Fatumata, 28, knocks the leaves of a thorny tree with a long metal pole and picks them up off the dry and dusty ground one by one. “We normally only feed these leaves to our animals,” she explains, “but the situation is so difficult now that we are eating them ourselves.”
When asked if there is any nutrition in them she shrugs. “No, but we don’t have any choice. It’s an obligation. It’s all there is.”
Fatumata is from Tinakoff in northern Burkina Faso, a village like hundreds of others across the region that have experienced zero harvests. The latest humanitarian reports state that 1.6 million people in the country are in need of food aid.
The rains came late last year and when they arrived they were pitiful. Months of toil in the searing Sahelian heat came to nothing. “There are no crops and no pasture for the animals,” explains Elmamoune eg Fereby Baye, the village chief. “This is the worst experience we have had since I was village chief. It’s the worst experience I have lived through.”
“The animals are hungry and skinny so we can’t sell them, so we don’t have any money to buy any food. It’s all about animals here. If the animals are not in good health, then neither are we.”
Elmamoune fears for the well-being of his villagers: “It’s very, very difficult, very worrying, to such an extent that I can’t sleep.”
Tahya Wellet Etawantaw, 30, is also having sleepless nights. “We used to have 50 animals and now we have nothing,” she explains wearily. “I have to rely on my neighbours to feed my children. If they have nothing, they don’t eat. Or I go out to beg for food that I can come home and cook.”
Tahya’s eight-year old daughter Sohat is suffering from small pox, but she can’t take her to the health centre as she has no money to pay for any treatment. Her husband lingers outside the house listening to the conversation, but he refuses to come and speak with us. “He is a Peulh herdsman,” says Aisseta Kabré, resilience officer for Christian Aid, a member of ACT Alliance. “it is very difficult for him to admit to anyone that he no longer has any animals.”
The current situation in northern Burkina Faso represents a perfect storm for an acute food crisis. People were still recovering from the drought in 2010 when the rains failed last year. And the poor harvest has contributed to exhorbitant food prices. A cereal trader in the northern town of Gorom Gorom explained how a 100kg bag of millet (a staple crop in Burkina) had almost doubled in price from 14,500 cfa (£18) this time last year to 27,500 cfa (£34).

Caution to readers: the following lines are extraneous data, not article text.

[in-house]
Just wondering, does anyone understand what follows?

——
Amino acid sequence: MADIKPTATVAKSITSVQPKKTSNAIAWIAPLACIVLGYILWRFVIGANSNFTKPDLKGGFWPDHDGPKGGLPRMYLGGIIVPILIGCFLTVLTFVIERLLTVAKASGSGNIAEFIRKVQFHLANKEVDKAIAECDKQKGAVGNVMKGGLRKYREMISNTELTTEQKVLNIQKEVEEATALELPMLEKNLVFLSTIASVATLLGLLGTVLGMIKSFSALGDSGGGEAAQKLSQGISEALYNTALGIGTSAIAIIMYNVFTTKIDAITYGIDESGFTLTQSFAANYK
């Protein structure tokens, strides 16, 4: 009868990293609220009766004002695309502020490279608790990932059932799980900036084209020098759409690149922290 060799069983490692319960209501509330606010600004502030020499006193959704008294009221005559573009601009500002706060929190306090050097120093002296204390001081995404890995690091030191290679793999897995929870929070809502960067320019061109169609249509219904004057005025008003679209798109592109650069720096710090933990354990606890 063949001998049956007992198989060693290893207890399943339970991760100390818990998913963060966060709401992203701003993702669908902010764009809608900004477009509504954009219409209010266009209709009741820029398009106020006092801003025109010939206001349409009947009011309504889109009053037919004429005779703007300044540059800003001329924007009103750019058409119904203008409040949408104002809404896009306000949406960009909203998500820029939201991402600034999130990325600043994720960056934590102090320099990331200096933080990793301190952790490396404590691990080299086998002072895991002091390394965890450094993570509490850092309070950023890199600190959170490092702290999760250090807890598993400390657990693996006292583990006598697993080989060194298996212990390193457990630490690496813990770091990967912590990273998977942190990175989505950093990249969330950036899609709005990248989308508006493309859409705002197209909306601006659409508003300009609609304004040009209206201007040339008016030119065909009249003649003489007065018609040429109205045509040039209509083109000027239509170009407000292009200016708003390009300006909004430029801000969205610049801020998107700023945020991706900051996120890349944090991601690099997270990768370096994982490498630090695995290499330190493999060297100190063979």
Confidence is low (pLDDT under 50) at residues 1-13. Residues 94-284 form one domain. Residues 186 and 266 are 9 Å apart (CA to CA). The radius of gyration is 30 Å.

The conflicts in neighbouring Ivory Coast and Libya have also had a profound effect. “After animals, people here depend on the Ivory Coast to earn a living,” explained Elmamoune. According to a World Bank report, remittances from Ivory Coast go to a third of households in Burkina Faso, especially the poorest, and are the most significant migration flows in the whole of sub-Saharan Africa. As a result of both conflicts 420,000 migrants have returned to Burkina Faso.
Akmoudou, Fatumata’s husband was one of them. He went to work in the Ivory Coast to earn money for his family and was doing well with fishing and building activities but that all changed when civil war broke out in 2010.
“During those times we went five days without eating, we couldn’t go out of the house,” he explains. “Many of my friends died. I managed to escape and came back here.” Someone paid for him to get from Abidjan to Ouagadougou but he had to sell a cow to pay for him to travel the 280 km home from the capital.
He adds: “I’m a poor person here now. There is no work. There is nothing. In the dry season we plant and there’s no rain, there’s nothing, it’s poverty.”
The village chief explained how it was so bad in Tinakoff (6km from the Malian border) that herders started to leave for Mali to find pasture, but because of the violence there involving the Touaregs, Malians were fleeing to come to Burkina Faso.
People in northern Burkina are welcoming their troubled visitors, but it is becoming more and more difficult, especially as people are coming with their cattle, putting extra pressure on the already scarce or non-existent pasture. Fearing conflict, the Burkinabé government has deployed helicopters to monitor the situation on the border.
All of these contributing factors means that this current crisis in Burkina Faso is much worse than the one in 2010 and is perhaps one of the worst in history.
Cristina Ruiz of Christian Aid who is currently overseeing an emergency food distribution in the north of the country said: “It’s not unusual for people to experience malnutrition in Burkina Faso and to use coping mechanisms like eating one meal a day or food that is usually only meant for animals, but that normally happens a lot later.”
She concluded that: “If we don’t react soon there could well be a famine situation all over northern Burkina Faso in April. People cannot stand more than two months in this situation.”
Days later, The Alliance for Technology Development Assistance, supported by Christian Aid, started distributing emergency food, seeds and cash for work to over 54,000 people in the north of the country. And Akmoudou, Fatumata, Tahya and their children will be among the first to benefit.